I’ve visited the Philippines a good number of times in the past twenty-something years, and have inevitably gotten from point A to point B using the most widespread form of public transportation in the country: a jeepney.
So when I found out that 1 of 8 jeepneys in the United States was right in Los Angeles’ very own Historic Filipinotown and that this is where the only jeepney tour in the country is offered, I got pretty excited and made it an item on my bucket list to go. I mean, how could I pass up the opportunity to ride a jeepney in the United States? That just sounded way too cool.
(Note: HiFi was created by a resolution proposed by then-city councilmember Eric Garcetti, who is now the mayor of Los Angeles, in 2002.)
The Southern California jeepney is smaller than ones used in the Philippines, but it’s street legal in the US since it’s compact.
The exclusive tour is offered by the Pilipino Workers Center of Southern California, a non-profit organization, in collaboration with Public Matters. I was able to take the tour for free because I’m acquainted with the organization’s executive director. However, it costs $15 per person to take the tour (by appointment only). The one I went on was a newly developed version of the tour, which runs for about an hour with three stops:
- Unidad Park
- Temple Seafood Market
- Tribal Café
Regular tours include more stops, such as Lake Park where there is a memorial for Filipino veterans. The jeepney also normally passes by the Search to Involve Pilipino Americans, a community-based non-profit organization that has existed for more than 40 years, and the guide typically talks more about HiFi and issues the neighborhood faces.
While stops were limited on the new tour (which is supposed to include a hands-on session with a Filipino barkeeper/mixologist – but that comes at an additional cost), a wealth of information is presented in that hour about Filipino-American history, such as the importance of Fil-Ams in the eventual formation of the United Farm Workers. (For instance, although Caesar Chavez has become a household name when it comes to the UFW, a man who isn’t as known if Filipino labor leader Larry Itliong, who led Filipino farm workers in the 1960s to kick off the first strike that instigated the Delano Grape Strike.)
RIDING THE JEEPNEY
Touring a historical part of Los Angeles in an authentic Sarao jeepney is quite an experience. There are no windows, no seatbelts, and the engine rumbles loudly. It attracts a lot of attention, making it fun to wave at drivers and passengers in other vehicles. The jeepney is a stick shift, and it was amazing to watch PWC’s executive director drive and park it with ease. Eight people were able to fit inside comfortably during the tour.
Before the tour commences, passengers will be asked to draw a nickname from a small, woven bag. (I drew the name Pinky.) In Filipino culture, it’s custom to give nicknames to people, like Boy, Jun, and Baby. (Everybody Filipino’s got a Tito Boy, Tito Jun and Tita Baby. If you don’t believe me, just ask any Filipino.)
The first stop of the tour is at Unidad Park, which features a vibrant, colorful mural that celebrates Filipino heritage and features pivotal Filipinos who have helped shape history, like Larry Itliong. The mural, called Gintong Kasaysayan, Gintong Pamana, is about 140ft x 20ft and is the largest mural in the United States that depicts Filipino history.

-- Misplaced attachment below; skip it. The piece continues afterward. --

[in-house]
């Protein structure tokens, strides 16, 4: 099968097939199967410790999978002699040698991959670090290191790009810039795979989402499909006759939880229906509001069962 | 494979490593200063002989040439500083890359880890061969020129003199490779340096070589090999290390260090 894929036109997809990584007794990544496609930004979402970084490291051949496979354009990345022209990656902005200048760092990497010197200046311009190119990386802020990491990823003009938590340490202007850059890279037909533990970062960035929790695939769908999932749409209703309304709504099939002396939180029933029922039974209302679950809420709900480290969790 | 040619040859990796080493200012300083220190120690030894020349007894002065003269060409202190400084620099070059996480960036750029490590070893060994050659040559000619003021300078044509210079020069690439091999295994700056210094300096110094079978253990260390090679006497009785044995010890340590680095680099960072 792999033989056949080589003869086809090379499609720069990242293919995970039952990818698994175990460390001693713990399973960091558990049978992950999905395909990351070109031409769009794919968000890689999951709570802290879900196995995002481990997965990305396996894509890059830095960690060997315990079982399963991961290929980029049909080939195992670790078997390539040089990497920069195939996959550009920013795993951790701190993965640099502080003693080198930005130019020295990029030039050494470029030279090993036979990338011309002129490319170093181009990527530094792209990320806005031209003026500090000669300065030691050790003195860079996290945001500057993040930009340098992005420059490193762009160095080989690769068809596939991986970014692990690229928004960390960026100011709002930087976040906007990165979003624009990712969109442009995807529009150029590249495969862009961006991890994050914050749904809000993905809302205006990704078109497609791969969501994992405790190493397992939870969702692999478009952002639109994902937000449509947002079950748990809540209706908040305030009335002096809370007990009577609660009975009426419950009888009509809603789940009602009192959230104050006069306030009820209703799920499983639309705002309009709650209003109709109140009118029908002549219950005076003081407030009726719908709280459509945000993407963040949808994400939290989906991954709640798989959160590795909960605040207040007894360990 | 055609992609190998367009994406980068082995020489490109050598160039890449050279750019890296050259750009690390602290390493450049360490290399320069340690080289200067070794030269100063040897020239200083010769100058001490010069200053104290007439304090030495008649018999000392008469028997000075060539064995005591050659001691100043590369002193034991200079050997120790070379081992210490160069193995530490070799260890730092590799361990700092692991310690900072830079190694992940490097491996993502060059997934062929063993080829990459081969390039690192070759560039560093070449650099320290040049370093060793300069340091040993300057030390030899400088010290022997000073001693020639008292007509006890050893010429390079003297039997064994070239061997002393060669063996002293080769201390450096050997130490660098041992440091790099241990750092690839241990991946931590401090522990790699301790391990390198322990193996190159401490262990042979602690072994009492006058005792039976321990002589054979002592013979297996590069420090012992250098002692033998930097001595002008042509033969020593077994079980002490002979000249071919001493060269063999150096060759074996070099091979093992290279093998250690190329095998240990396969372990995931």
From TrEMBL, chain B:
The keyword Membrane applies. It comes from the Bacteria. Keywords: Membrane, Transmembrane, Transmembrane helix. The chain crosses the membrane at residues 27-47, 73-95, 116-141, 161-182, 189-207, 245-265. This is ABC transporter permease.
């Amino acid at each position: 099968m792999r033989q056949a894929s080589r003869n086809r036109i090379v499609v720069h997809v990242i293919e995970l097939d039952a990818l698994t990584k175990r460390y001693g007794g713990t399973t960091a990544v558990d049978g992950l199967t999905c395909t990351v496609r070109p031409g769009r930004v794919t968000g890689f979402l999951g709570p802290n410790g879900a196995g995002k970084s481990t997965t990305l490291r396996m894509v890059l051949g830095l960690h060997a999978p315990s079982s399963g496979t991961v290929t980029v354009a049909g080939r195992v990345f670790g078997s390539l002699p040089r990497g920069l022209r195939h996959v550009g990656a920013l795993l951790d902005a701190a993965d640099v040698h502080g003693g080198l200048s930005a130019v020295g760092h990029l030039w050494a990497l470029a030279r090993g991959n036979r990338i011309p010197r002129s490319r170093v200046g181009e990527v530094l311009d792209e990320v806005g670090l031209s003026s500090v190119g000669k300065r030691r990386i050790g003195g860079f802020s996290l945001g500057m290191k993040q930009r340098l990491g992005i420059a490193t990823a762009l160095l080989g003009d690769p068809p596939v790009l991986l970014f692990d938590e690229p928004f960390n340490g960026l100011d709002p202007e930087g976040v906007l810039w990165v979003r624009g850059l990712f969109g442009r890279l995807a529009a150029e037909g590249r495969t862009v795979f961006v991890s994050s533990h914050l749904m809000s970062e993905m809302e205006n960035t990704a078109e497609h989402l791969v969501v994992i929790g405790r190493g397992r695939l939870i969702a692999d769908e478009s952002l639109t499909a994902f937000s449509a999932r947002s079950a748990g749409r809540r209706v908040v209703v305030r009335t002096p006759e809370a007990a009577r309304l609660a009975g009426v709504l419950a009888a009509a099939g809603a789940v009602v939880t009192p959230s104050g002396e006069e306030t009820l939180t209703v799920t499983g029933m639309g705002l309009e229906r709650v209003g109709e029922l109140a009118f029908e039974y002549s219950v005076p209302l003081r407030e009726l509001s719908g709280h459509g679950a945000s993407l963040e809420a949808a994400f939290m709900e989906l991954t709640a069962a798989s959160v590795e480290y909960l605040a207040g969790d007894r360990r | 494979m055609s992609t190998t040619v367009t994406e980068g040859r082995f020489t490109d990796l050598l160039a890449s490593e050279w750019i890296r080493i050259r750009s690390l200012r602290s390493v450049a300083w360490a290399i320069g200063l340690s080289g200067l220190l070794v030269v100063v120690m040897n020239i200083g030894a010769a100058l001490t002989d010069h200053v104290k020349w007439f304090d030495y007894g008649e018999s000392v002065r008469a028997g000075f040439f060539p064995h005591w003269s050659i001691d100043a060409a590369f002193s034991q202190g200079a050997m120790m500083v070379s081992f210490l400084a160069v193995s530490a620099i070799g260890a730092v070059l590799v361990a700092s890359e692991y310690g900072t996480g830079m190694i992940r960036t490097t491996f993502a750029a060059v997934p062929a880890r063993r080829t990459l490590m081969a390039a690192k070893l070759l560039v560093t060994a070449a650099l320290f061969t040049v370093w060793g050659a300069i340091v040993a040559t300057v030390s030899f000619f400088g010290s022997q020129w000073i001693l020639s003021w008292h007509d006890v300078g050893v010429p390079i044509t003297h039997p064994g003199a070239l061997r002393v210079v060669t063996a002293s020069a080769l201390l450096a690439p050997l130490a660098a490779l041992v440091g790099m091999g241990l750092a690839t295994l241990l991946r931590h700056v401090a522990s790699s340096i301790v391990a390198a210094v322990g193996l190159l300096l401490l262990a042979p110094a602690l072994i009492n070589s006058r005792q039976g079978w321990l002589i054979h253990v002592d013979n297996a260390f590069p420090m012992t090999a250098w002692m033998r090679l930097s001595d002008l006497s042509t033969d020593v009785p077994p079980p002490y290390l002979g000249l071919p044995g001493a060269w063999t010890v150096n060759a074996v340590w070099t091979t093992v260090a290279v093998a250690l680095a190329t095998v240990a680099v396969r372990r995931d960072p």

Temple Seafood Market
There aren’t a lot of Filipinos living in Historic Filipinotown now. It is now predominantly home to a Hispanic population, which is (I think) why Temple Seafood Market was a stop on the tour. It was a little funny to stop by a store, but this is the only grocery stop in HiFi where Filipino food and ingredients are available. You’re not required to purchase anything in the store, but it is a nice stop to have in case you get hungry and want a snack for the remainder of the tour.
Tribal Café, formerly Travelers Café, was a favorite hangout spot among the “manongs,” a term used to refer to old timer Filipinos in the United States who formerly worked on farms, hostels, restaurants, etc. The manongs also ran the café, which was frequented by Filipino American writer Carlos Bulosan during the time he lived in Los Angeles.
Back in those days, there were rooms located above the Traveler’s Café that used to serve as housing for Filipino Americans. There are also rumors that the building was formerly used as a brothel.
Today, Tribal Café is a Filipino-owned multicultural café and is one of the few places in HiFi to grab some healthy food and drinks.
This Historic Filipinotown jeepney tour is a great hands-on, one-hour crash course in Filipino American history. Apparently PWC doesn’t give that many tours, and maybe it’s because not a lot of people are aware it exists.
Although there were only three stops in this version of the tour, overall, it’s a great way to learn about a lesser known facet of American history.
If you’re interested in scheduling a tour or for more information, contact the Pilipino Workers Center. They’re really friendly and very helpful!
2 thoughts on “Tour Los Angeles’ Historic Filipinotown in a Philippine jeepney!”
I live right here in L.A. county area. I would like to show and have my husband the experience to ride in a Jeepney as he would in the Philippines but knowing him…..he would think $15.00 is a little steep though.
I can totally understand that. I would also be hesitant about paying $15. But, at the same time it’s pretty unique and given it’s the only jeepney tour in the US (and cheaper than flying to the PH + cleaner air), I think it could be cool to do just once 😛